The Madrid Protocol

The Madrid Protocol is part of the Madrid System for the International Registration of Marks (Madrid System), a central registration system for the international registration of trademarks and service marks administered by the World Intellectual Property Organization (WIPO). The Madrid Agreement Concerning the International Registration of Marks of 1891 (Madrid Agreement) and the Protocol Relating to the Madrid Agreement Concerning the International Registration of Marks of 1989 (Madrid Protocol) are the two international treaties that make up the Madrid System. In response to matters which were discouraging countries from acceding to the Madrid Agreement, the Madrid Protocol was adopted in 1989 and came into force in 1996. Under Madrid Protocol, marks can be registered and protected in multiple Madrid Protocol member countries through the filing of one application, and at this time, 96 countries have acceded to the Protocol.  Registering a mark through the Madrid Protocol is a straightforward process and very convenient for the applicant and can be much less expensive as there is no need to hire local agents outside the initial registration country. Appointment of an agent is only necessary when there is an office action.

When an applicant files for protection in multiple member countries under the Madrid Protocol, they only have to file one application at one office and pay a single set of fees in one currency. The International Bureau of the World Intellectual Property Organization oversees the Madrid System and is responsible for transmitting requests for mark protection, renewals, and management matters to all members. Mark management is also streamlined under the Protocol where a change of address or name of the holder or any change in ownership can be recorded through a single step with the WIPO International Bureau. Under the Madrid Protocol, an international registration is valid for 10 years and can be renewed directly with the WIPO.

Differences between the Madrid Protocol and Madrid Agreement

  • Applications can now be filed in English, French, and Spanish, under the Madrid Agreement, only French was allowed.
  • Under the Madrid Protocol, an International Registration application can be based on a pending national application. Previously, an applicant had to wait until the national registration was issued.
  • For an application under the Madrid Protocol, a national trademark office can choose to have either a 12- or an 18-month period in which inform the WIPO of any objections to an International Registration. Previously, it was 12 months.
  • National trademark offices can charge higher fees under the Madrid Protocol.
  • Under the Madrid Protocol, if an International Registration or any of the national applications based on it are refused, withdrawn, or cancelled within five years of the date of the International Registration, the applications and the International Registration can be converted to national applications that keep the initial application date. This was not possible under the Madrid Agreement.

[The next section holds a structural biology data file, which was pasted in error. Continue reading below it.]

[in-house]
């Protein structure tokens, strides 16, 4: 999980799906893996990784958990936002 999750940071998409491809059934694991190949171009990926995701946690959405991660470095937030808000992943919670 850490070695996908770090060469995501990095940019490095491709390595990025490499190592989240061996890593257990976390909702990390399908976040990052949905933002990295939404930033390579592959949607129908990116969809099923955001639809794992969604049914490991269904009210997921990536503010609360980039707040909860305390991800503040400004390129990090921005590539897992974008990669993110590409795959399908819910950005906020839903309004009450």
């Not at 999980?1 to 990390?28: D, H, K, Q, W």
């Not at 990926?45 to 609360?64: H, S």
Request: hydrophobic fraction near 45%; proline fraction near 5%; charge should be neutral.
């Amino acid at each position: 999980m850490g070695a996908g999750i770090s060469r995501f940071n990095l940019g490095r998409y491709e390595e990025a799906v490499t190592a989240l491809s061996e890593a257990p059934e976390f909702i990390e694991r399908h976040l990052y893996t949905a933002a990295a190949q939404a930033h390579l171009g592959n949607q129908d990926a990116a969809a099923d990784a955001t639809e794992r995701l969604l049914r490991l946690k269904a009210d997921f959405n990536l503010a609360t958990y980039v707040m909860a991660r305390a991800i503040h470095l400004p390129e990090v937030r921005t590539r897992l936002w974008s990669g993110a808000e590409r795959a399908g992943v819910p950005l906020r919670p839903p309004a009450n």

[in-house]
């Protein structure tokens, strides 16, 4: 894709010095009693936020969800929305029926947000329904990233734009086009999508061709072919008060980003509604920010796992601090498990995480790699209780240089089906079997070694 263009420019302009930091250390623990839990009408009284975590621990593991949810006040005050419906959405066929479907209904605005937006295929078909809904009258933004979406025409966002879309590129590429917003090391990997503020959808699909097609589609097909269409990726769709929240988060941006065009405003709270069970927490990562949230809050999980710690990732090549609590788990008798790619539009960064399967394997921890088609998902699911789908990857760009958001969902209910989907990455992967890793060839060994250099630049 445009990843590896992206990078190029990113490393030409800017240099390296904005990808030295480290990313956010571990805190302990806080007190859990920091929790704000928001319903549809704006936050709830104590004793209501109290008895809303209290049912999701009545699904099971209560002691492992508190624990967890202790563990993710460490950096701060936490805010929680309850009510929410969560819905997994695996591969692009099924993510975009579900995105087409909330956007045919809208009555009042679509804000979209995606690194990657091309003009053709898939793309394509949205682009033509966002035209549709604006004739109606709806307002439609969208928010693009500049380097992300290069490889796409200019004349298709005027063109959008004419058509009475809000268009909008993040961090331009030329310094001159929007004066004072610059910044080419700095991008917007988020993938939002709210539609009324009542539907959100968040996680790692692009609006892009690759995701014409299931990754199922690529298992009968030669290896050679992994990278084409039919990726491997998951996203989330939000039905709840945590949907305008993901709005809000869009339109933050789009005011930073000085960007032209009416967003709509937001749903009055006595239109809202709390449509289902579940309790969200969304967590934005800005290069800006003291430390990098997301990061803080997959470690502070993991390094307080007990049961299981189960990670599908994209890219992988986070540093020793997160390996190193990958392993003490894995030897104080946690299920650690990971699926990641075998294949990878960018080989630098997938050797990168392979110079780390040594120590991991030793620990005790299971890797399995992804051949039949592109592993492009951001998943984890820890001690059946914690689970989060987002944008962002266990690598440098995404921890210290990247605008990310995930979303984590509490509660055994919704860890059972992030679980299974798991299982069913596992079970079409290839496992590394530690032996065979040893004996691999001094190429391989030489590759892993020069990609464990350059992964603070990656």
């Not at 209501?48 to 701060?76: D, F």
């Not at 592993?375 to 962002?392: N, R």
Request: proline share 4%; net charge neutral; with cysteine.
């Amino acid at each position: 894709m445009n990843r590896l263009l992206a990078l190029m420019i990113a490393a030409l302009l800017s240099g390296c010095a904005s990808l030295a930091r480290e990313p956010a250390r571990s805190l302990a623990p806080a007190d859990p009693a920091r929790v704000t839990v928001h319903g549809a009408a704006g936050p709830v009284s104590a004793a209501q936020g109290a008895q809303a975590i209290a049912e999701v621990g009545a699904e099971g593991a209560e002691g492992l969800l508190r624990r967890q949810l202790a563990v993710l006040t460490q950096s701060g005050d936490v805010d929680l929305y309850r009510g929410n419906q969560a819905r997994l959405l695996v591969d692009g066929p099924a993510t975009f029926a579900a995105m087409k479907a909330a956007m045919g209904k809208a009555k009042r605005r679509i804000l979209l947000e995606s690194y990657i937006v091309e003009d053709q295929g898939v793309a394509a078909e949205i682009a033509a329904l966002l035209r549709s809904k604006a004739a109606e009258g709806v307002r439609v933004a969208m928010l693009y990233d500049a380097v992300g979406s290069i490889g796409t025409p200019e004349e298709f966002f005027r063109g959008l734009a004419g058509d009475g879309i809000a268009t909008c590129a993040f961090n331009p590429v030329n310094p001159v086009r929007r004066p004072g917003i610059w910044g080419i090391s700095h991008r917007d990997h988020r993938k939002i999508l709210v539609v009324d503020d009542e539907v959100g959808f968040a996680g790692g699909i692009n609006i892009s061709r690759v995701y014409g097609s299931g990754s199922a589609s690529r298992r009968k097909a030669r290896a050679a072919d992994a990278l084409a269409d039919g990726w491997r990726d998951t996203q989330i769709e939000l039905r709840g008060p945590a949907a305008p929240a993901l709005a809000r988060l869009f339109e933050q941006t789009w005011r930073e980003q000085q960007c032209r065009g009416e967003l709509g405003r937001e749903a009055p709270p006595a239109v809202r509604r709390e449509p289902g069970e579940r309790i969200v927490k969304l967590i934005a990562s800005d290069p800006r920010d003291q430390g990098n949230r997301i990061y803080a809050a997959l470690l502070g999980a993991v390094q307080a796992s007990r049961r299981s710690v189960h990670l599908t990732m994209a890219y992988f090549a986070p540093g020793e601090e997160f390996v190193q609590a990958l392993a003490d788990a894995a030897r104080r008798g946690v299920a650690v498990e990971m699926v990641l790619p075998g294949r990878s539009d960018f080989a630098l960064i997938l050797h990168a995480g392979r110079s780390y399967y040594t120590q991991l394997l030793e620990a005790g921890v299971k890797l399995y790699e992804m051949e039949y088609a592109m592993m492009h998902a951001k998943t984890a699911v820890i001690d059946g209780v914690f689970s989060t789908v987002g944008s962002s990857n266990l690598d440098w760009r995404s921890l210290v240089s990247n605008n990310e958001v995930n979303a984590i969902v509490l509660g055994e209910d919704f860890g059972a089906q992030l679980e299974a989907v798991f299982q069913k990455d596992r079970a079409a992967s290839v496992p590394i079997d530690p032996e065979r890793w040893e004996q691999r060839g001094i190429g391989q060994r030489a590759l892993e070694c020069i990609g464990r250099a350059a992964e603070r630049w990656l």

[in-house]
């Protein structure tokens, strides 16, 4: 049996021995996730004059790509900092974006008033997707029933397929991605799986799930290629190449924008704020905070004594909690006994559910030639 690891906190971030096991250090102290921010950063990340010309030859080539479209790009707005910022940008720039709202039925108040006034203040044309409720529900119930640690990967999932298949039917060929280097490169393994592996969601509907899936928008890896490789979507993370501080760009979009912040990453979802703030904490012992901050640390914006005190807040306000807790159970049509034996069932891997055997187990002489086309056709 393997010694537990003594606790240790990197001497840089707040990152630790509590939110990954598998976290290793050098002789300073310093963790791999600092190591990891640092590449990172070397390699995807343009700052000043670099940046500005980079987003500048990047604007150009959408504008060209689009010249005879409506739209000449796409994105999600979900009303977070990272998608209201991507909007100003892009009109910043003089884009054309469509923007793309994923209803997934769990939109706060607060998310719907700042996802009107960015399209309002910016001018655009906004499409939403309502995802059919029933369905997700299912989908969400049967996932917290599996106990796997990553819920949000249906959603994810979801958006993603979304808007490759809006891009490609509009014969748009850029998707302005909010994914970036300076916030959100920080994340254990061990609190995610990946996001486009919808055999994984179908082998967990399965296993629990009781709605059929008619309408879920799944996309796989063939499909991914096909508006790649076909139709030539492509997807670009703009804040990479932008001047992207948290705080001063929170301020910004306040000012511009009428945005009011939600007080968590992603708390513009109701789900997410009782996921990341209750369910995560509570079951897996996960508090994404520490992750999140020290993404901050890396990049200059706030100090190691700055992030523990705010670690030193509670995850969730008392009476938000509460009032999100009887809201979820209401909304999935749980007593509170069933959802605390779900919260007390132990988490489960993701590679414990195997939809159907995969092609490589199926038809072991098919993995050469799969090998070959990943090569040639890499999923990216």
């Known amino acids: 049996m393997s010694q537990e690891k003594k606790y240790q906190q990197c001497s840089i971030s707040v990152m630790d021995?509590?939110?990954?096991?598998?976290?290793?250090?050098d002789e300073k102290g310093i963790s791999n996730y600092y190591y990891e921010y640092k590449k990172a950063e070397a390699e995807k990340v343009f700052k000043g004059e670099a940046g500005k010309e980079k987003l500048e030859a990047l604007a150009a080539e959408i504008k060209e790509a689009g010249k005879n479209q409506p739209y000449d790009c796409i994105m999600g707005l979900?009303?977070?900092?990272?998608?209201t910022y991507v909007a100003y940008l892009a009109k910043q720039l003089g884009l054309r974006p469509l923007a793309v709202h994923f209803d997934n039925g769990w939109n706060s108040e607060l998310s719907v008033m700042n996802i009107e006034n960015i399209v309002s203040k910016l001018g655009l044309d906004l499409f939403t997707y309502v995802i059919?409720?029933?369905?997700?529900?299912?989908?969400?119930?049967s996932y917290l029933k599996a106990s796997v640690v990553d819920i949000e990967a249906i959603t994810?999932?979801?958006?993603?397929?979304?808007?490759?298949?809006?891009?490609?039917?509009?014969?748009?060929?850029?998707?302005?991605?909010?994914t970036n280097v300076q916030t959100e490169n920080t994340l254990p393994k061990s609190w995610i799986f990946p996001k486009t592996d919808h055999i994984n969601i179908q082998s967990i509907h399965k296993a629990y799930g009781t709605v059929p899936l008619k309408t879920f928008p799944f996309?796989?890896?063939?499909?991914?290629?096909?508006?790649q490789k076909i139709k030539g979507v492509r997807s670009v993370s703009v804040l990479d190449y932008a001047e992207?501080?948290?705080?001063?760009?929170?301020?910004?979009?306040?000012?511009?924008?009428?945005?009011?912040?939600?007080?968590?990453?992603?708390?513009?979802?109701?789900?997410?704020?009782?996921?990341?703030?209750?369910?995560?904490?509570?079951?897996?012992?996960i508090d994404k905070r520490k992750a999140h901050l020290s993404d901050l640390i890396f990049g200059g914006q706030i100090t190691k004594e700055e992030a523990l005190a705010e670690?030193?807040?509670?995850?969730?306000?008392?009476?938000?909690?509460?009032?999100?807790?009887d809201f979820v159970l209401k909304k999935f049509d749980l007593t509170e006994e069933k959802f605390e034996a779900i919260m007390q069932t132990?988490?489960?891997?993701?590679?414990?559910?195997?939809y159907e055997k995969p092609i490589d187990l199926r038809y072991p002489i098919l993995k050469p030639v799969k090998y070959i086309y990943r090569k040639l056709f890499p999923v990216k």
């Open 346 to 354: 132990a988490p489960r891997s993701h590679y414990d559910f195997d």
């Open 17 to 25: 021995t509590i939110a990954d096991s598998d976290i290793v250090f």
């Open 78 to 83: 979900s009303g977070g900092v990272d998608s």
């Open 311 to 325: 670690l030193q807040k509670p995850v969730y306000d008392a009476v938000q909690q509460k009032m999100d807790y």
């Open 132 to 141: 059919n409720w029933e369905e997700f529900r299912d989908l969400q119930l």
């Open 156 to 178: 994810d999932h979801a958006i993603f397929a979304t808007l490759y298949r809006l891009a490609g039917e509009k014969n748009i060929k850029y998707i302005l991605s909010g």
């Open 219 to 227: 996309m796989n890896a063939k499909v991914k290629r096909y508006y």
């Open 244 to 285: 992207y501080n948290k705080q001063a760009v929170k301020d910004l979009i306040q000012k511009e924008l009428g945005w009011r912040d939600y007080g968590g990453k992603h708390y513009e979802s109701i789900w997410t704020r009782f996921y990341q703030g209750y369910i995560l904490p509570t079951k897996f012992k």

• Applicants can obtain, in effect, a community trademark for the European Union since the EU acceded to the Madrid Protocol, but not the Madrid Agreement.


Standard mark registration process under the Madrid Protocol

  1. The applicant files an application at the office of origin, the home country intellectual property (IP) office. This initial application or an already registered mark is known as the basic mark.
  2. The applicant files an international application with the office of origin which then certifies it and sends to the WIPO International Bureau.
  3. The WIPO conducts a formal examination of the international application. If approved, the mark is recorded in the International Register and published in the WIPO Gazette of International Marks. The WIPO then sends the applicant an International Registration Certificate and notifies the IP offices in the countries indicated on in the application for mark protection. However, the mark is not considered protected until it has been examined and accepted by the national offices.
  4. Each national IP office conducts a substantive examination of the mark and must accept or refuse the mark within 12 or 18 months depending on their IP legislation and then notify the WIPO which records the decision in the International Register and then informs the applicant.
  5. When a national IP office accepts the mark, it issues a statement of grant of protection. If a national IP office refuses a mark, in whole or partially, it does not affect the decisions of any other national IP offices in the same international application. Refusals can be contested with the national IP offices in accordance the relevant IP legislation.


Benefits of the Madrid Protocol

Convenience – By using the centralized filing and management system, only one application in a single language has to be filed to obtain mark protection in multiple countries. Marks can then centrally managed and maintained through the system.

Economical – Instead of filing multiple national applications and having to hire national agents in each country, only one international application has to be filed. Applicants also are no longer responsible for translations.

Global Coverage – Mark protection is available in 112 territories of the 96 member countries, including the EU and the African Intellectual Property Organization (OAPI), which represent 80% of total world trade.